Samoa will have its first casino in six months after two licences have been granted, one to beach resort, Aggie Grey's, and another to Chinese company ETG.
Reverend Maauga Motu, general secretary of Samoa's National Council of Churches, told Radio Australia's Pacific Beat less fortunate Samoans are likely to be hardest hit by the development of casinos.
"That's always the end result of playing games like this at the casino, they will always lose," he said.
"Our concern is that the social life of the people will be spoilt."
Robbie Kearney, chief executive of Samoa's Gambling Control Authority, says the casinos will create jobs for local people and attract tourism dollars to Samoa.
"Once we've reached the limits of what we can supply from the local Samoan population then the conversation will go to whether they can get visas to allow people to come in and work," he said.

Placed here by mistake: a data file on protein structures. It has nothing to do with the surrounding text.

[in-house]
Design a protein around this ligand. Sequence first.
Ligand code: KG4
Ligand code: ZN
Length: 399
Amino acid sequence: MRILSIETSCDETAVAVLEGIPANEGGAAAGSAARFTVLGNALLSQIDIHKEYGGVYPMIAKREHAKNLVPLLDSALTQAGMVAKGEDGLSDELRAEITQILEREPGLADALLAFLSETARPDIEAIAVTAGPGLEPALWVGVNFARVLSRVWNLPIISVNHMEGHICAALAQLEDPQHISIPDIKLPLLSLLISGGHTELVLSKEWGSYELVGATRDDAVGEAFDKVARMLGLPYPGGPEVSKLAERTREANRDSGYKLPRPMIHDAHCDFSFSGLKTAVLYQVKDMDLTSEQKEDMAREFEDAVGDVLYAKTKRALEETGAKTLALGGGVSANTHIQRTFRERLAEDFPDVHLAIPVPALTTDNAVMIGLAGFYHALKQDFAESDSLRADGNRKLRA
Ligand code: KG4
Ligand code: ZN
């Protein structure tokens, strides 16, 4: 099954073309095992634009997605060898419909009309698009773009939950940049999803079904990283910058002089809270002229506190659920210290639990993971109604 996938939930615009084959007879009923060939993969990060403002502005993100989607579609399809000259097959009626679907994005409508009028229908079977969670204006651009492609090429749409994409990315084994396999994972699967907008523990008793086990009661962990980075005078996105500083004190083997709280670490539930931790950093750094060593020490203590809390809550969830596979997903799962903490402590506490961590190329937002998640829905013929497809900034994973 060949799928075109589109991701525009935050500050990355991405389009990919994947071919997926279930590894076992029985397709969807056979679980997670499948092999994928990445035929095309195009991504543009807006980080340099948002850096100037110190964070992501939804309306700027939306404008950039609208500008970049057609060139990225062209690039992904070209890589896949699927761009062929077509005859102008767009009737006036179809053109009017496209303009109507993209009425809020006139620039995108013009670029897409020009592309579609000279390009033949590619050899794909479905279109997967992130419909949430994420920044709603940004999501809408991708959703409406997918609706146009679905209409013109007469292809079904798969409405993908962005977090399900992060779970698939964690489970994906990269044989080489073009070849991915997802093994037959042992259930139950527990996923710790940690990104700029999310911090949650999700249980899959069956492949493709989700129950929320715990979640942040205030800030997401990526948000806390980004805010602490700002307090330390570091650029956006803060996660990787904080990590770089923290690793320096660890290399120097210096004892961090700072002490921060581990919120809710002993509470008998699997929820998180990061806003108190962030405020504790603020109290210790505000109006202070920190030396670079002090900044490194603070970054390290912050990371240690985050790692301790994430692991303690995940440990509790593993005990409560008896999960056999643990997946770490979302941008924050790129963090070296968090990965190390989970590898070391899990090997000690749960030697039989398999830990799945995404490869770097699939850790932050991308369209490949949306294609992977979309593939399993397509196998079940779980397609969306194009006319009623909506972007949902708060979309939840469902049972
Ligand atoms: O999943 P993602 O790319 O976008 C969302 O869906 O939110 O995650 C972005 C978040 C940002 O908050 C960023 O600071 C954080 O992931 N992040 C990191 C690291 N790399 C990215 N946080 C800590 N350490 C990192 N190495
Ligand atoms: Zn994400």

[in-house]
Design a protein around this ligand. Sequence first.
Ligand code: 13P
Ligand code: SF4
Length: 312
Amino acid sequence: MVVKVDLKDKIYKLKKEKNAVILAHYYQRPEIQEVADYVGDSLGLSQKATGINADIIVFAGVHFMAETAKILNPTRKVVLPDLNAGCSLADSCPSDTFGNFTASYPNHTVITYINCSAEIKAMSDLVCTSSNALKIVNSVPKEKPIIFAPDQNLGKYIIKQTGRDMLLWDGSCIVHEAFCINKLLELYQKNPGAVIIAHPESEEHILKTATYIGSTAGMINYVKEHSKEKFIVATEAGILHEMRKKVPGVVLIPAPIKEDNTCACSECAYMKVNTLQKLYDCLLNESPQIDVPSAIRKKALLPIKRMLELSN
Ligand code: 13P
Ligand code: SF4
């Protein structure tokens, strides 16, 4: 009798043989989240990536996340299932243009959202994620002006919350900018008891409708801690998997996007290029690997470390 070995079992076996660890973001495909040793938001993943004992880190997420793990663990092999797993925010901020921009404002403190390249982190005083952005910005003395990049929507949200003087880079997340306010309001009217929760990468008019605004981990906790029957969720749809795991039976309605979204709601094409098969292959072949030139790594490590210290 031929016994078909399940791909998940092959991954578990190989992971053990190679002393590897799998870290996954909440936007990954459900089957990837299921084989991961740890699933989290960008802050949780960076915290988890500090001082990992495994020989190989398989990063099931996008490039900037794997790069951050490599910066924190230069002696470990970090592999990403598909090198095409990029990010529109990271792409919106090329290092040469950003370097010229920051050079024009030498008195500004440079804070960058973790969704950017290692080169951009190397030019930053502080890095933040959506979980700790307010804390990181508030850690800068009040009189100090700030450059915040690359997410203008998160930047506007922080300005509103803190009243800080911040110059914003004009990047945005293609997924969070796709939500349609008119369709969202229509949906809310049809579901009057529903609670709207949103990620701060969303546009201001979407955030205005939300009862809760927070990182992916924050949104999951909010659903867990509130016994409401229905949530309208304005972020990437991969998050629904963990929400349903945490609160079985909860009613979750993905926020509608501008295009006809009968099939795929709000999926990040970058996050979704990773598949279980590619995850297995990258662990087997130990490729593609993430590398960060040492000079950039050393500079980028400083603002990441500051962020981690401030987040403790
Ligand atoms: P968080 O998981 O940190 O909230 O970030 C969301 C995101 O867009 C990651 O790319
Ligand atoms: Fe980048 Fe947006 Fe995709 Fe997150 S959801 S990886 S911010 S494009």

"But their commitment in the first instance is to employ locals if at all possible."
The casino at Aggie Grey's beach resort will be built near the international airport in the capital Apia.
It will be housed over two floors in existing buildings, with 12 gaming tables and up to 85 gaming machines.
The second casino will include a 500 room hotel and a large casino complex with several restaurants.
Chinese company ETG are negotiating a lease for the second casino on Samoa's main island, Upolu.
Mr Kearney says local laws will be enforced to ensure the casinos do not admit patrons without a foreign passport or evidence they are staying at a recognised hotel or resort.
"The casino owner will allow that to happen and their peril because if we catch them we will take sanction action against them."